I hoped this wouldn’t happen … this was the first day that I would be hunting at LiveOak Forks Ranch, and I was hoping to get a deer in the morning and be home in time to pick up my second-grade son from school. A hog would be great, but it would significantly reduce the likelihood of my taking a deer that morning. Mr. Pringle said it would be best for his program to take one of the culls and a doe from the herd. My hunt was expected to be for more than one day, which took away some pressure. And the dates were flexible, since I live nearly and we could arrange that.

We laced through the oak trees and over dry creek beds, slowly pouring out corn before he pulled into a perfectly-trimmed parking spot, carved into the foliage.

A brisk, quiet walk brought us to the blind.  It was still dark. A meteor flashed overhead shortly before we got there. It was set on the south side of a long stretch of field. From where we sat, the thick creek bed of Live Oak Creek gave us trees about 50 yards in front of us; and the meadow stretched endlessly in either direction. We had markers set at 100 yards to our left and right. It was like being set on the sidelines at the 50-yard line of some extremely long stadium.

After some nice whispering conversation, I realized the increasing light allowed me to distinguish between the trees and the brush line. It was still pretty dark, though.

Scanning the meadow, about 75-80 yards away along the treeline, there seemed to be a large black mass (would probably be the 20-yard-line to the right, if using the 50-yard-line description). We pulled out the binoculars and saw there were four hogs, silently chomping away at the corn we had poured out. I was surprised how stealthily they had come in … I’d expected hogs to be noisier.

The blood was starting to pump as Mr. Pringle suggested we try to do a “Two-Fer” — each of us would try to get a hog at the same time, on the count of three.

I lined up the decent-sized porker on the right, barely able to see his outline. However, Mr. Pringle’s scope on his “critter rifle” wasn’t cooperating, so we decided to give it a few minutes to get more light, and give it a try if they were still there. But after about five minutes, they started mulling around, and then sunk back into the brush along the creek.

I turned to my left and saw a tremendous Axis buck striding across the meadow at about 200 yards away. Flashes of white ran down his side and the light shined off his big rack. He seemed to be on a mission, though, and continued his steady pace away from us. Then a doe. A quick glimpse of another doe, and a large buck in the distance. Another doe to the left. And finally, my cull buck stepped out.

At first we didn’t know if he was an eight or not. We looked through the binoculars as carefully as possible, and both decided he looked like a large 6-pointer.Hondo TX Hunting Ranch, Texas Cull Buck, Texas Whitetail Hunting, Hunting in Hondo, TX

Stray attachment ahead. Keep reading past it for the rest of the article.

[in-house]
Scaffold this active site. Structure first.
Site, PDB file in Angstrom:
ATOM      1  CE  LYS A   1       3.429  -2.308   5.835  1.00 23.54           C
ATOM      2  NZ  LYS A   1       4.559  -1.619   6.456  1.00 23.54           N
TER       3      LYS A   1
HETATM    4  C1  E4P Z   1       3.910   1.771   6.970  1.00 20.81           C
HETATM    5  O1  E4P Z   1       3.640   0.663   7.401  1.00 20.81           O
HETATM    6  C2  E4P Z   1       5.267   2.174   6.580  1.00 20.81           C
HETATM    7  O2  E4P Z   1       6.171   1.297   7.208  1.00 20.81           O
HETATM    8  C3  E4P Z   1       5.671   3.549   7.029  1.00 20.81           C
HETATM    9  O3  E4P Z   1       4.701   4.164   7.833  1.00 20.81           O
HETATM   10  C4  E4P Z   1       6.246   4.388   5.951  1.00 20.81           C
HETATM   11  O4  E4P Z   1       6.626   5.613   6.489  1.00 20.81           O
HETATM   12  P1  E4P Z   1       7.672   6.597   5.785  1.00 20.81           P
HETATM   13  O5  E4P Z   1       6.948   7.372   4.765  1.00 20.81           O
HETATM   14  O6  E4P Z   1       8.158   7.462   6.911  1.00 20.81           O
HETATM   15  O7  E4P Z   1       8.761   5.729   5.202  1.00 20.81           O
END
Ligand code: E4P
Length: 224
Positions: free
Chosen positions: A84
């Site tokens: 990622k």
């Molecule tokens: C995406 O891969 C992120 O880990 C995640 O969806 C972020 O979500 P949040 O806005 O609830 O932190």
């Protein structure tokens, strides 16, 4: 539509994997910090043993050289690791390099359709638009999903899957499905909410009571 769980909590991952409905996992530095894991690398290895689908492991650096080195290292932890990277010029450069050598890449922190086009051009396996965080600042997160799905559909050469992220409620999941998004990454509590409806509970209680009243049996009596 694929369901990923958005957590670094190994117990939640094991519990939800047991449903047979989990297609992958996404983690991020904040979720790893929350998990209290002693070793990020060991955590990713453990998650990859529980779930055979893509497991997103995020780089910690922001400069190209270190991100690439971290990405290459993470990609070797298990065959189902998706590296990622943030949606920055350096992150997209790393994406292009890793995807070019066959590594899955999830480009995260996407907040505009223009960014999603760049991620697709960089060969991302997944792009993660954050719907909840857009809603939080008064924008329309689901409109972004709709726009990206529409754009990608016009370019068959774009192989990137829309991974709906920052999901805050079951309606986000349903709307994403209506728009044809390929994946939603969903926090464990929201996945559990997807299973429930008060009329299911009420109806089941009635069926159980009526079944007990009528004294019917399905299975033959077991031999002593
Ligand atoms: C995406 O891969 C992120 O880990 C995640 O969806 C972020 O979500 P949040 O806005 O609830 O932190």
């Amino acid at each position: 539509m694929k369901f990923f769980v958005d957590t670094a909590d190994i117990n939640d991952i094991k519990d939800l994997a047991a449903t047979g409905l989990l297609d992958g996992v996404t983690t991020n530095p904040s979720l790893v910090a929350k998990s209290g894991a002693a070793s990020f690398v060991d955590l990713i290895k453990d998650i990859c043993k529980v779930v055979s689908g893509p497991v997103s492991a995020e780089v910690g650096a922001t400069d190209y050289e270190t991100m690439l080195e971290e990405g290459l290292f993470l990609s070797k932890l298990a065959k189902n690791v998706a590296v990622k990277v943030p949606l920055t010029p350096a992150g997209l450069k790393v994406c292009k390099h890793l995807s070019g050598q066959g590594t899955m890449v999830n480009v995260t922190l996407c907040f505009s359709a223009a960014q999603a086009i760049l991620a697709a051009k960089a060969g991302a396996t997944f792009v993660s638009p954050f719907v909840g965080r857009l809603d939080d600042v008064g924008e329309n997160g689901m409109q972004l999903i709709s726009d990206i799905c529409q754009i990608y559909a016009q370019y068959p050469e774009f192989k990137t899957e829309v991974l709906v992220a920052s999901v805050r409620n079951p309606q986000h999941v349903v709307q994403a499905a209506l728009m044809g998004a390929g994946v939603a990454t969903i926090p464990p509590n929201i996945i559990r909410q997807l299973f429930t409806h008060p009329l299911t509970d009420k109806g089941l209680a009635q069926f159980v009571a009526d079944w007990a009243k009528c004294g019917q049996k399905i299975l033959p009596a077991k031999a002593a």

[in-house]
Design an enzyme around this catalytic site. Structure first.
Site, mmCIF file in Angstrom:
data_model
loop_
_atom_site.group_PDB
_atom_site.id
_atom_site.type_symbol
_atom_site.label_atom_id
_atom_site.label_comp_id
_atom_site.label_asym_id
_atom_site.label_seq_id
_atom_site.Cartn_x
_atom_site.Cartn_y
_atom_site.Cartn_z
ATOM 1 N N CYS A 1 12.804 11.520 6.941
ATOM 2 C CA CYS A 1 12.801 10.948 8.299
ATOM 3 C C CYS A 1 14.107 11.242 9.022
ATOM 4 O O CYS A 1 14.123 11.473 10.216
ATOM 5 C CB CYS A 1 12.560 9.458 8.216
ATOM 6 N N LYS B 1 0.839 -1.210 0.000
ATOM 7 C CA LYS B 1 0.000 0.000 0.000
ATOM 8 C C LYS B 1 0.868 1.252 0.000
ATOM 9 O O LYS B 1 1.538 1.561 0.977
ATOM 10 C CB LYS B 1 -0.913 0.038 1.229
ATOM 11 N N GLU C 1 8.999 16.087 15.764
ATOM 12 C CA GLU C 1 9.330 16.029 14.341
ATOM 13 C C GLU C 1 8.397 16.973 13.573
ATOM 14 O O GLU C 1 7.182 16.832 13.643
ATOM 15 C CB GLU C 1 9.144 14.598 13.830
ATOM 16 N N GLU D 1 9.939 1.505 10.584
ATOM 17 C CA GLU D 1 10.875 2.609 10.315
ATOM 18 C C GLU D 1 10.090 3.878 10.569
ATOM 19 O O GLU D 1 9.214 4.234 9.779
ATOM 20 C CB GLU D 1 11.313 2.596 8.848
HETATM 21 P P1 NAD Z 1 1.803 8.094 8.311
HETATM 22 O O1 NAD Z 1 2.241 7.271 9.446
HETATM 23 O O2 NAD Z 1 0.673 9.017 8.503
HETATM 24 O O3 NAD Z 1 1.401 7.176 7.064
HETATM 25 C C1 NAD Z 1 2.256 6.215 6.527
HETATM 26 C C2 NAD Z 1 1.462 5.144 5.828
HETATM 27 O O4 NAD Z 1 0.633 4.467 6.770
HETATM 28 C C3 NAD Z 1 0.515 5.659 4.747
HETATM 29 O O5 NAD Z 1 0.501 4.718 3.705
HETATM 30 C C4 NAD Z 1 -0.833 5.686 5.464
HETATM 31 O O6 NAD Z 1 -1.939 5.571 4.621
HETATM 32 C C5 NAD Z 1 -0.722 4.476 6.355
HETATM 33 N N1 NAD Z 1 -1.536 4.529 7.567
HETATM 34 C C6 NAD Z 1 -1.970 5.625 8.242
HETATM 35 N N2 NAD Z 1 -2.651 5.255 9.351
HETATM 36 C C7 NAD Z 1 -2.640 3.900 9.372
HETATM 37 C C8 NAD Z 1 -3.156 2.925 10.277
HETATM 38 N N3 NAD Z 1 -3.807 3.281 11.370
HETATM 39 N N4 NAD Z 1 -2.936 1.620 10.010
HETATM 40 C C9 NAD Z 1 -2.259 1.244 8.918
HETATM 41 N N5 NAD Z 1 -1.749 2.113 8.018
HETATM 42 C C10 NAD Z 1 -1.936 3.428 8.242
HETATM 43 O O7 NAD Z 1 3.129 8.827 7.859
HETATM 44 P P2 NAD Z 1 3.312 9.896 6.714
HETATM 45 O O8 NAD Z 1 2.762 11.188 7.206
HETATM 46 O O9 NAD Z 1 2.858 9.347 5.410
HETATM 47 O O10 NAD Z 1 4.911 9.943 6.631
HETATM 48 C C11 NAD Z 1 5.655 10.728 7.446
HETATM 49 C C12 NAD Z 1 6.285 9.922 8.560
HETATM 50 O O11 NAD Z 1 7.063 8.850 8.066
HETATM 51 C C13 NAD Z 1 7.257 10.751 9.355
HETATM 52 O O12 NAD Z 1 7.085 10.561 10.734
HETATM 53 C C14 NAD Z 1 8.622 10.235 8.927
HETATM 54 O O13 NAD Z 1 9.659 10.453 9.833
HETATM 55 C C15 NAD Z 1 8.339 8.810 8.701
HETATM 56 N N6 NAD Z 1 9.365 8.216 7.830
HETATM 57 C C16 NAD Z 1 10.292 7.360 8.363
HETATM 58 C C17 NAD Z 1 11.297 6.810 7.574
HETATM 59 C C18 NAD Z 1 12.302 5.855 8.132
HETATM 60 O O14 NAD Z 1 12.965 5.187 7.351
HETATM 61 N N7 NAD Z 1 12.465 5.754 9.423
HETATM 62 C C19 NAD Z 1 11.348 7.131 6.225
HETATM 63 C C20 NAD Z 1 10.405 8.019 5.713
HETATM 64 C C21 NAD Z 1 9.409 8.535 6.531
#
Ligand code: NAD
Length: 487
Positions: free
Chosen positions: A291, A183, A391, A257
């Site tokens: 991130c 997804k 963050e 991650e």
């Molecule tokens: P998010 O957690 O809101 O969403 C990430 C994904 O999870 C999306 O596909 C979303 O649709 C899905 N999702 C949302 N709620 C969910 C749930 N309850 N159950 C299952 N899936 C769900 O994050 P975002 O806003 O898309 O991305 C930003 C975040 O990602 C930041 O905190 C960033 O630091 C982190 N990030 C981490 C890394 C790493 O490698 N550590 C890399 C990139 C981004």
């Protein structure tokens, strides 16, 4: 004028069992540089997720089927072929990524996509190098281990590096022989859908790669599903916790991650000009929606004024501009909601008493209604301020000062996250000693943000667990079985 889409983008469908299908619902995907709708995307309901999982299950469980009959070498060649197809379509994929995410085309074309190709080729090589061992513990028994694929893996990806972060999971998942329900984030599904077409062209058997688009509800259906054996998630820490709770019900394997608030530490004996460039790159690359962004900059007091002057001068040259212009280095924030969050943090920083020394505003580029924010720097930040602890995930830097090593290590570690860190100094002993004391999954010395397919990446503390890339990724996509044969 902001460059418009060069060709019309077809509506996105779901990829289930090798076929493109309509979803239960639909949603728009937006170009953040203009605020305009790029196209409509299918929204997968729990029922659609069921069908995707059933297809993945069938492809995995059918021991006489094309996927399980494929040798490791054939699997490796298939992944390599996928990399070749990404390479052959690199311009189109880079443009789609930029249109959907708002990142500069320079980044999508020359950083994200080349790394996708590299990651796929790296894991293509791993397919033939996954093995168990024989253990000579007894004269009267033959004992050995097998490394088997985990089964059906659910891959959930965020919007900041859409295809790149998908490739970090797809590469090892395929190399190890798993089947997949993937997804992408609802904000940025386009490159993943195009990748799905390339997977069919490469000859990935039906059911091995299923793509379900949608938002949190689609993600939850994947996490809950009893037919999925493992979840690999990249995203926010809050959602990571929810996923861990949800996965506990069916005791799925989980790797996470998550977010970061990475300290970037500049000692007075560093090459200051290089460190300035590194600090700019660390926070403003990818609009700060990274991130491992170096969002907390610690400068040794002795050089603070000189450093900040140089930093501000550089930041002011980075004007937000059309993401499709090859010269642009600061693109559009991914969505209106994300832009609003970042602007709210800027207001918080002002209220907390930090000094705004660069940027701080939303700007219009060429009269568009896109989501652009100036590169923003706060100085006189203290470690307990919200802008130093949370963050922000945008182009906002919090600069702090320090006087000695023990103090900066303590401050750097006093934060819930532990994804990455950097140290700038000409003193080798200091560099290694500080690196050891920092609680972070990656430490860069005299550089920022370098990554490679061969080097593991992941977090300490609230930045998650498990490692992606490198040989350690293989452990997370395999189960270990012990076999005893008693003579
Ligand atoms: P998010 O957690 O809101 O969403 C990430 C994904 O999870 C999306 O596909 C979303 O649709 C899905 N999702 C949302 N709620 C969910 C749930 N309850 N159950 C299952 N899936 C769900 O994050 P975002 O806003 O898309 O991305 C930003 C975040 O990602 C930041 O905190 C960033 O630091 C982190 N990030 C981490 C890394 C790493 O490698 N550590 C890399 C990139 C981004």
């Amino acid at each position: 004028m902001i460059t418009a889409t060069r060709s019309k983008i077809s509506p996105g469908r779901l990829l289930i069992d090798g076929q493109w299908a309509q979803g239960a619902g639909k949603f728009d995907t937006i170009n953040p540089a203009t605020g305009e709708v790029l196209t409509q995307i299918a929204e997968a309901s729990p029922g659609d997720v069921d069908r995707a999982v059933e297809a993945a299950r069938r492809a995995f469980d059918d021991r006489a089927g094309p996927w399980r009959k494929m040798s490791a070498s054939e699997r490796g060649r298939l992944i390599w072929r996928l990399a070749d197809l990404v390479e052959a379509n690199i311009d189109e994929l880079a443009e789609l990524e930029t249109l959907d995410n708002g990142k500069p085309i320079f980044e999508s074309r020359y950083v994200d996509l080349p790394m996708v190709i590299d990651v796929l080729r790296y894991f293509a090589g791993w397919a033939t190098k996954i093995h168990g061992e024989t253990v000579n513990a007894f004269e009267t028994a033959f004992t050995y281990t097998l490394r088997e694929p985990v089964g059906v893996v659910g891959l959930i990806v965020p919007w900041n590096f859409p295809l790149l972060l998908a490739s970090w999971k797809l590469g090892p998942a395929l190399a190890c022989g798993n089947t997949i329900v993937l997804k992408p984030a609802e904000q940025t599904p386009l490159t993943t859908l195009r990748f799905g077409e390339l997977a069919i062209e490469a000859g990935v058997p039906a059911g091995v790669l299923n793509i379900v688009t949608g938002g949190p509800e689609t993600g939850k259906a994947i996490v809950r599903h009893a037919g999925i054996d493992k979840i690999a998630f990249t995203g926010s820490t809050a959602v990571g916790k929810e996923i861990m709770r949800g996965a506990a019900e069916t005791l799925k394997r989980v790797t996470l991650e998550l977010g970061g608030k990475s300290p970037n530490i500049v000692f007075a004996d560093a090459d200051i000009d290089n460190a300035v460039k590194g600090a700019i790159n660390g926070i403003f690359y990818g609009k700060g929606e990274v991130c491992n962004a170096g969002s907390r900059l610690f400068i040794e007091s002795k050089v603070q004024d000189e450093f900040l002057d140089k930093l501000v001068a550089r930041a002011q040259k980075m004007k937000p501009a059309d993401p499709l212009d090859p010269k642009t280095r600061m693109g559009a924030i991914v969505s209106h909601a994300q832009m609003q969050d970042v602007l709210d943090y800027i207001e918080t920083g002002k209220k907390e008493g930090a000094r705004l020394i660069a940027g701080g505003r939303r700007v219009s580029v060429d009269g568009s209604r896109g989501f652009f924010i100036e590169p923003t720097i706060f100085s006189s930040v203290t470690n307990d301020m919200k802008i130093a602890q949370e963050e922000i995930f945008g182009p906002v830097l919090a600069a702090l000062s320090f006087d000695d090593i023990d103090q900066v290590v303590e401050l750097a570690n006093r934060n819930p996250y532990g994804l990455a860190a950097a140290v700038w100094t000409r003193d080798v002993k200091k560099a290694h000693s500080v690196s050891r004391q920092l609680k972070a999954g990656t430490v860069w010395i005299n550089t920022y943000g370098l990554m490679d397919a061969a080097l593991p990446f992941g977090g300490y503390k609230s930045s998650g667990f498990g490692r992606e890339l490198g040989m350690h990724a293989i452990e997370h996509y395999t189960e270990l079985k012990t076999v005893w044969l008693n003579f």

I lined up through the right window of the blind, and immediately found him, walking around and grazing.  Safety off. I focused on my breathing … but I could hear myself rasp a lot stronger than I wanted to. The adrenaline was pumping. Nice, easy breaths, come on … wait for his right foot to step forward for the perfect shot … THERE … stay …

… squeeze …

The .30-06 had a decent kick, and smoke filled my view as the rifle surprised me with its blast. I knew it was a good shot, and as soon as the smoke cleared, I saw him on the ground where he had stood. No kick. No jump. No pirouette. Just knocked straight down. My heart was thumping in my chest and in my head.

We waited about 15 minutes before stepping out of the blind, during which time Mr. Pringle shared a story which convinced me that it is indeed best to wait to make sure the animal is dead before approaching it. Besides – an extra 15 minutes in the blind … there are worse ways to spend my time.  He was a nice 7-pointer who could have been considered an 8 if his top left tine had been another quarter-inch.

An adrenaline-filled way to enjoy a crisp fall morning.

We all have seen the horrible scope of the damage of Hurricane Sandy, and the havoc it has wreaked on millions across the east coast.

Many of us in the affiliate marketing world know Vinny O’Hare and Deb Carney, two veteran marketers, and all around great people. Unfortunately, Vinny and Deb were impacted by the recent storms. We’re thankful that they are OK, but their house has been severely damaged by flooding. Some details were written on a post by our friend Joe Sousa. Another post was put up by Scott Jangro.

I hope they don’t mind, I saved this picture from Vinny’s Facebook page from just before they got out of the area due to the rising waters.

I’ll steal this paragraph directly from Joe … if you’re reading this, please do what you can to help Vinny and Deb.

Karen Garcia of GTO Management has set up a ChipIn account for all of us to contribute. Or you can just click on the widget below. Deb and Vinny have helped many of us in the industry in the past and here is an easy way to tell them thanks for all they have done. Anything you can give will be greatly appreciated.